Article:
Thursday, April 17, 2014

4 Functions A/E/C Websites Must Serve

By David Lecours, LecoursDesign
(This post is an excerpt from a longer post that originally appeared on LecoursDesign on March 19, 2014.)
If you have this nag­ging sense that your AEC firm web­site could be more than an online brochure, you’re right. The mod­ern web­site doesn’t sit idle wait­ing for the arrival of a vis­i­tor to sim­ply con­firm what they’ve already heard about your firm. When com­bined with nar­row posi­tion­ing and content/inbound mar­ket­ing, a good web­site becomes a busi­ness devel­op­ment tool.
If your firm is clearly and nar­rowly posi­tioned to attract a spe­cific audi­ence, then your web­site can reach and engage the unaware. These vis­i­tors may be poten­tial clients or employ­ees. Both are impor­tant to the suc­cess of your firm.

A ben­e­fit of know­ing your tar­get audi­ence is know­ing what keeps them up at night. Searchable and opti­mized con­tent on your web­site that soothes client pain points will increase your odds that unaware prospects find you. Once they find you, they will devour your con­tent because it seems like it was writ­ten just for them.
A main oppor­tu­nity is to attract the unaware: those who need your exper­tise but are unaware you exist or not con­sid­er­ing you.” –Mark O’Brien, Author of A Web­site That Works.
By reg­u­larly adding unique, expertise-based con­tent to your site, you will boost SEO. You begin to con­vey to Google who you are, which helps Google send the right vis­i­tors. The vis­i­tors like your con­tent because it feels cus­tomized for them. Then vis­i­tors start link­ing to your con­tent. Google notices this and increases your search rankings.
Demon­strate Exper­tise
A good web­site can allow some­one to get to know (as described above) to like to trust your firm. This hap­pens by demon­strat­ing your exper­tise in writ­ing. This can be blog posts, white papers or monthly newslet­ters. Make sure the con­tent is index­able (not a PDF), so Google, and vis­i­tors, can find it.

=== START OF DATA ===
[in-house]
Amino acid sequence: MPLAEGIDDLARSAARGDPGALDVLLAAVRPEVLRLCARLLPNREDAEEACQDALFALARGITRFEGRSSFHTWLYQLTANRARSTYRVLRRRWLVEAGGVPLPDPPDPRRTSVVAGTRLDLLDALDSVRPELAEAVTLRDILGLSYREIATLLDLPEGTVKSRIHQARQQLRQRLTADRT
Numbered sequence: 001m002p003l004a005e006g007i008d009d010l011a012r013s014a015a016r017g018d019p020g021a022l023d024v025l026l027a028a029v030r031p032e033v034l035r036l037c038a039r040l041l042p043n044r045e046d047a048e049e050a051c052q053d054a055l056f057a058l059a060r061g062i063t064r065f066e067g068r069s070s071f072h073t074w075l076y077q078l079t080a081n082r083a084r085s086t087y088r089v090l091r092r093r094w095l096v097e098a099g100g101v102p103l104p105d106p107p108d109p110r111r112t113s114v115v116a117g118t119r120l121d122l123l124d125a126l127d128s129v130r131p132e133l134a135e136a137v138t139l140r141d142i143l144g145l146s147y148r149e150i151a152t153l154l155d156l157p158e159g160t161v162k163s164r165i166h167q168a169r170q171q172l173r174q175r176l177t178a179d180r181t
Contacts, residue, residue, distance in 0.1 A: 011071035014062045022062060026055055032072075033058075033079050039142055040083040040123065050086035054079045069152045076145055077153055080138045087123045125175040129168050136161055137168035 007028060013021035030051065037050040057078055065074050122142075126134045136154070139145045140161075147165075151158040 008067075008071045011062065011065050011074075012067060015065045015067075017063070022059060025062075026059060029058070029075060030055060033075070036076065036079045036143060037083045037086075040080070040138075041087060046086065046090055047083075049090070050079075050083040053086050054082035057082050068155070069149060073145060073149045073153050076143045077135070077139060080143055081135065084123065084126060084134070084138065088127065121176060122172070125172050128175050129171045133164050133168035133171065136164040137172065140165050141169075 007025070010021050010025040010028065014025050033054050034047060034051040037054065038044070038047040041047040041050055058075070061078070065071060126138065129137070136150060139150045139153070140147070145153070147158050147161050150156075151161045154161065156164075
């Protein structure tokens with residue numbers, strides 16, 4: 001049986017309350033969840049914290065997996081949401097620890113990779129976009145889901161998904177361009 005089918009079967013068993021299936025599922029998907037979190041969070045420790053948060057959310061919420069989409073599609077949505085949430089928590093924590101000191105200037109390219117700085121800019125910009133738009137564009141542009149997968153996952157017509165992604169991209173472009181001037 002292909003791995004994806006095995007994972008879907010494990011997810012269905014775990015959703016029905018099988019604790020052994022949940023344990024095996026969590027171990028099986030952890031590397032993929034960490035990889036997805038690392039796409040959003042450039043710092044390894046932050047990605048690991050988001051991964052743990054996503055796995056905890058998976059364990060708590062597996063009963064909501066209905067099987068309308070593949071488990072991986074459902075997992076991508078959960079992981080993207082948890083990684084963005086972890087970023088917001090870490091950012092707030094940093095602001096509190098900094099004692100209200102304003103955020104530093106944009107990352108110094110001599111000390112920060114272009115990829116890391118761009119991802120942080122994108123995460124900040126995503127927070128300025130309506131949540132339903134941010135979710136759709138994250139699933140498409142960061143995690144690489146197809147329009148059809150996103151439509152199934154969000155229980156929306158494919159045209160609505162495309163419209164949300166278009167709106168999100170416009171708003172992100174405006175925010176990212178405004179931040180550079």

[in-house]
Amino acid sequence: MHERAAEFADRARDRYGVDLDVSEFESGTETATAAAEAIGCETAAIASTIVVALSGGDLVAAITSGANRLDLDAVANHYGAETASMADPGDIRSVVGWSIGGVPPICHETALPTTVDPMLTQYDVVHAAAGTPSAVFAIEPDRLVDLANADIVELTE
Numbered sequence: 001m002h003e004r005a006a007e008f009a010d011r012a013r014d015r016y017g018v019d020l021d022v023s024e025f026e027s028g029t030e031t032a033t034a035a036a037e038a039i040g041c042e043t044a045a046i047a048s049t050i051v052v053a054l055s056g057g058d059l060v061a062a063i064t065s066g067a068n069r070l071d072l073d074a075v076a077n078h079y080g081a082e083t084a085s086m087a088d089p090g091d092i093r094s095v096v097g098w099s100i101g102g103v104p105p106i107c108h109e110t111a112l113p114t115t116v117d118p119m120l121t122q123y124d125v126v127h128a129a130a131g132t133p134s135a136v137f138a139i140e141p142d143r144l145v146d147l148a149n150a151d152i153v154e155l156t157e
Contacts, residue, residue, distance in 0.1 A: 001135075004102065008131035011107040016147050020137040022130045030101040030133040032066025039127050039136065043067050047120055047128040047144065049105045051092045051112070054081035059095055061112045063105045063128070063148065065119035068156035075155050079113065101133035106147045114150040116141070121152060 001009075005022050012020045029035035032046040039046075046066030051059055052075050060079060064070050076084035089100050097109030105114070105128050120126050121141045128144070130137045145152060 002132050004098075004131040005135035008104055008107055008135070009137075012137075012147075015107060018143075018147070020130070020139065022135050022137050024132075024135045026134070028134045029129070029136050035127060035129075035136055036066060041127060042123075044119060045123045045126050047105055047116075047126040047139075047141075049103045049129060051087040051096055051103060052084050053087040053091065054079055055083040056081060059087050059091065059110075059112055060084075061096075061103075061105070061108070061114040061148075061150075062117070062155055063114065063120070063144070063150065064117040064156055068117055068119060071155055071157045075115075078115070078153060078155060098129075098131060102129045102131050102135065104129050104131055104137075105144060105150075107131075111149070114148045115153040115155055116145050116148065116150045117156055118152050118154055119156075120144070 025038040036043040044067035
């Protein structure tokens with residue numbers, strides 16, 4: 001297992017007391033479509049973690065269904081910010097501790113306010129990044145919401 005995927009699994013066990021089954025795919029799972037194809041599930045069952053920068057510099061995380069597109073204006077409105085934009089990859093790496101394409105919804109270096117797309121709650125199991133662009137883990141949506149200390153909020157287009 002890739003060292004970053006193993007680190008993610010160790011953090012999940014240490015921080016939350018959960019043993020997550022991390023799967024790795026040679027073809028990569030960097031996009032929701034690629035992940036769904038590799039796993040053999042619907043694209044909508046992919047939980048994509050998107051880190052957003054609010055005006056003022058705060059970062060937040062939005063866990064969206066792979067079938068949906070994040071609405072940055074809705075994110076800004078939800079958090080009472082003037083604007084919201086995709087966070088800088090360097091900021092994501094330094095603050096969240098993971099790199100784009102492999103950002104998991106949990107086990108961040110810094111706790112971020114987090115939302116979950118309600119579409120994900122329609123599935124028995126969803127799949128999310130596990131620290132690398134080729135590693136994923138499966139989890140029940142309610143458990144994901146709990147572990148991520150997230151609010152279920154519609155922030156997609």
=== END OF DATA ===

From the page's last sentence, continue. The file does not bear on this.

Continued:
A com­mit­ment to reg­u­larly adding valu­able and search­able con­tent to your web­site demon­strates your exper­tise and works to pre-position your firm as a leader before the RFP comes out. Con­tent mar­ket­ing is so crit­i­cal for pro­fes­sional ser­vices because we are “sell­ing the invis­i­ble.” Buy­ers can’t see, touch, or test our ser­vices before they buy. Con­tent mar­ket­ing is a no pres­sure, non-sales man­ner for prospects to under­stand how you think, what you believe, and how you’ve solved pre­vi­ous problems.
Cre­at­ing engag­ing con­tent is hard to do. Most will give up after a few months. This is an oppor­tu­nity to stand out.
I rec­om­mend start­ing with writ­ing a blog. Then grad­u­ate to:
• quar­terly webi­nars
• white papers
• speak­ing where your clients gather
• videos 
& podcasts

The mantra I hear repeated is: A/E/C mar­ket­ing is a rela­tion­ship busi­ness. Peo­ple do busi­ness with peo­ple they know. Yet, I’m shocked how many firms are unwill­ing to high­light firm lead­ers on their web­site out of fear that this tal­ent will be poached. Guess what? Your com­pe­ti­tion already knows who your lead­ers are. If your lead­ers’ loy­alty is so frag­ile that an email from a com­peti­tor will cause them to jump ship, then you’ve got big­ger issues.

For more, see the original blog post.

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